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Existing power installations to undergo innovative overhaul

The National Centre for Research and Development (NCBiR) is testing pre-commercial procurement on the energy market. More such projects will soon be launched in other sectors. What is PCP and who can benefit from it?

The National Centre for Research and Development plans to distribute PLN 190 million among contractors who find a solution for use of class 200 MWe power installations in the future. This is the total value of the three-phase project. A dozen or more entities may be involved in the research.

Procurement of innovation does not require public procurement procedures to be followed if the public sector acquires research and development services that do not solely benefit the contracting authority. But under the pre-commercial model, or “PCP” as it is known, the principles of non-discrimination, equal treatment, transparency and competitiveness appropriate for procurement procedures have to be followed. The more competitors, the greater the likelihood that innovation will be produced.

In PCP, the contracting authority and the contractor share the risk. The contractor accepts that it has to finance the portion of R&D not covered by the financing provided by the public entity. In exchange, the contractor retains the rights to the work product.

Another common feature of PCP is the phases, usually three, in which contractors are shortlisted, the innovative concepts become increasingly concrete, and the work progresses sufficiently for an operational prototype to be created. PCP does not include the public procurement phase, but ends when the contracting authority has formed a clear idea of what it wishes to order.

At each phase of PCP, work to solve the same research problem is conducted independently by a number of contractors. The rules for the ongoing NCBiR proceedings envisage that the conceptual plan for the new solution during phase one can be developed by as many as twelve independent teams. A maximum of six of them will proceed to the second phase. They are required to demonstrate that there is a real possibility of achieving the expected results. Among other things, work during this phase will take the form of experiments conducted at the true scale of the functioning energy facility. Only the two best contractors devising a method that can be commercialised will take part in phase three. Any entity interested in realising this method will be able to obtain a licence and modernise the operational energy facility according to the method. The solution is supposed to be innovative and low-budget.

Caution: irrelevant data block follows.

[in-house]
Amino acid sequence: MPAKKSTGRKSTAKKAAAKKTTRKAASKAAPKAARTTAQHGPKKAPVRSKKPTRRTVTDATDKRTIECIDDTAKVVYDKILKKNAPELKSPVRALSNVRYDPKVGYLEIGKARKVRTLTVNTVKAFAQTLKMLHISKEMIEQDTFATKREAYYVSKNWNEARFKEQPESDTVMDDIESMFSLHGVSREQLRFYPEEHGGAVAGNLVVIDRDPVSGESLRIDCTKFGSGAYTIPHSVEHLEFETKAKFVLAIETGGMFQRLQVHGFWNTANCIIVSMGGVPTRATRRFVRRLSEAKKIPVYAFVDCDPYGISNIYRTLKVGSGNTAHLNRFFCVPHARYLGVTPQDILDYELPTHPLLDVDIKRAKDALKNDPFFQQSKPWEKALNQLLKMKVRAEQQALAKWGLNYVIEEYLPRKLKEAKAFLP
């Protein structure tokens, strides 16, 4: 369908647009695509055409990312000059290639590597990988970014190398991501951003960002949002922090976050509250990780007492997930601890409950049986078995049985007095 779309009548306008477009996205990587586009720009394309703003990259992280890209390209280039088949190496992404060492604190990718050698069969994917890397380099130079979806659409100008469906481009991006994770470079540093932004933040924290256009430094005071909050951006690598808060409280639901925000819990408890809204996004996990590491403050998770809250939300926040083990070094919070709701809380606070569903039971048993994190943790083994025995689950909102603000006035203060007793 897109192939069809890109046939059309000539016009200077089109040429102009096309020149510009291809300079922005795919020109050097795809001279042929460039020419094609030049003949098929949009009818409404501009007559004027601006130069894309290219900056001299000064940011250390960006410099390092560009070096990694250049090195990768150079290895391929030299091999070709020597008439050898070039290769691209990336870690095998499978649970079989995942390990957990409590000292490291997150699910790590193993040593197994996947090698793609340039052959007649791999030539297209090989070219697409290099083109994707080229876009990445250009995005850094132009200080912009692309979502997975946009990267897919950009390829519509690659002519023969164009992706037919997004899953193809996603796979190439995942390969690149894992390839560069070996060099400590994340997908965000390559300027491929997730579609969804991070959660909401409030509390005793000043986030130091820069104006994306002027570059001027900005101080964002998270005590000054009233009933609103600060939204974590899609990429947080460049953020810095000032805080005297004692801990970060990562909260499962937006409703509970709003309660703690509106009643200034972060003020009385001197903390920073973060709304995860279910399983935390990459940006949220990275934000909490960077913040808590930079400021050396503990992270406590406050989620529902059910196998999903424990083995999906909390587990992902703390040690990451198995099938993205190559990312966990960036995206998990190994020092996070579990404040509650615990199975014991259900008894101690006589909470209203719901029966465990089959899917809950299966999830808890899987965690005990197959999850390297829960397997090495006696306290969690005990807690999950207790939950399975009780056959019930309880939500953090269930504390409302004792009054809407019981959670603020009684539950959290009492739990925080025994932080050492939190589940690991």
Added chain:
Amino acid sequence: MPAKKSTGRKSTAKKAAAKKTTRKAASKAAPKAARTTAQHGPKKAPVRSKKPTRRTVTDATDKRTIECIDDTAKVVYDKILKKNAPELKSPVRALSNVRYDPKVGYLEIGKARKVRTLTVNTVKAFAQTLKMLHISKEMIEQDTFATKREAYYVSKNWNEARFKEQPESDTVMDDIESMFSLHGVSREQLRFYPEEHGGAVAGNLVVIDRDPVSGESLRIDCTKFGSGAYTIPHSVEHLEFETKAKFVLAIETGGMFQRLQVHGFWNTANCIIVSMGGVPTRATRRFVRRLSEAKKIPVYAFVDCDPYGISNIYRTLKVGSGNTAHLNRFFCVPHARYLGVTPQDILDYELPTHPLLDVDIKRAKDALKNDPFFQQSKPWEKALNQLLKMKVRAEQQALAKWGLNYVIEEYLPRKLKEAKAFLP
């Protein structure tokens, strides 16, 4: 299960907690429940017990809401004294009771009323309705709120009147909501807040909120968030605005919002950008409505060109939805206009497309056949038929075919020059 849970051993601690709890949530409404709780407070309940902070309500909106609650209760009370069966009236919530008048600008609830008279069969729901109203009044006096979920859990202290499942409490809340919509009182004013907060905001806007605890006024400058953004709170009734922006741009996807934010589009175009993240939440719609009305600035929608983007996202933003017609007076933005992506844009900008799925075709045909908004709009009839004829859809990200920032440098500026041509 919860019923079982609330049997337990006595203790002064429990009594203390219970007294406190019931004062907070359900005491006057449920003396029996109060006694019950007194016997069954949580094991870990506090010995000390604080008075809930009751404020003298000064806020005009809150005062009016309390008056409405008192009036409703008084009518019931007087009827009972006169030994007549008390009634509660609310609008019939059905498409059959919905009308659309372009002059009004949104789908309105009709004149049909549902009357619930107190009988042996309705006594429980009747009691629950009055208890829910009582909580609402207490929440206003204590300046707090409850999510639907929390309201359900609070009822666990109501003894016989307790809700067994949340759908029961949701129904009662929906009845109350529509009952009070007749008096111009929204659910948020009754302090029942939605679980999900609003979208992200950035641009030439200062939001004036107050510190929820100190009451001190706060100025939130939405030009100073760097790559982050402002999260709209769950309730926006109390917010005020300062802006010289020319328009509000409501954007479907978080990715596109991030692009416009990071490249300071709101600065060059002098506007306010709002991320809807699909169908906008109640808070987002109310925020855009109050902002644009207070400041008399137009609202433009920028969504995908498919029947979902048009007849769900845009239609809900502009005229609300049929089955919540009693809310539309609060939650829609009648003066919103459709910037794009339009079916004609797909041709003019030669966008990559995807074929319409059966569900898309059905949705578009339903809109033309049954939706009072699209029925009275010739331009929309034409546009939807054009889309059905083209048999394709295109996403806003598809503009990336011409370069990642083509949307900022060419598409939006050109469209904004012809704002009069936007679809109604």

PCP works according to the principle that only entities that take part in a completed phase can proceed to the next phase. Entities that do not manage to continue are free to develop the innovation they created in the course of the procedure on their own. Depending on the progress made, the organiser of the procedure can opt to end work before the prototype phase. But if an innovation is created that meets a need that truly exists on the market, then any interested entities capable of delivering the solution can participate in the public tender held after the PCP is concluded, including contractors not involved in the research work at the PCP phase.

The first PCP procedure will reveal whether there is a return on the funds spent on R&D. In the summer of 2021, the owners of 200 MWe class energy facilities may have an innovative and low-budget method ensuring a high level of availability of those facilities at varying levels of demand while maintaining compliance with environmental norms. If the adopted formula turns out to be effective, then more procedures of this kind can be expected, as PCP enables R&D to be funded with public money but without the effect of state aid. Forty-eight installations with parameters meeting the ground rules of the procedure underway at NCBiR are currently operating in Poland.

Anna Prigan, Infrastructure, Transport, Public Procurement & PPP practice, Wardyński & Partners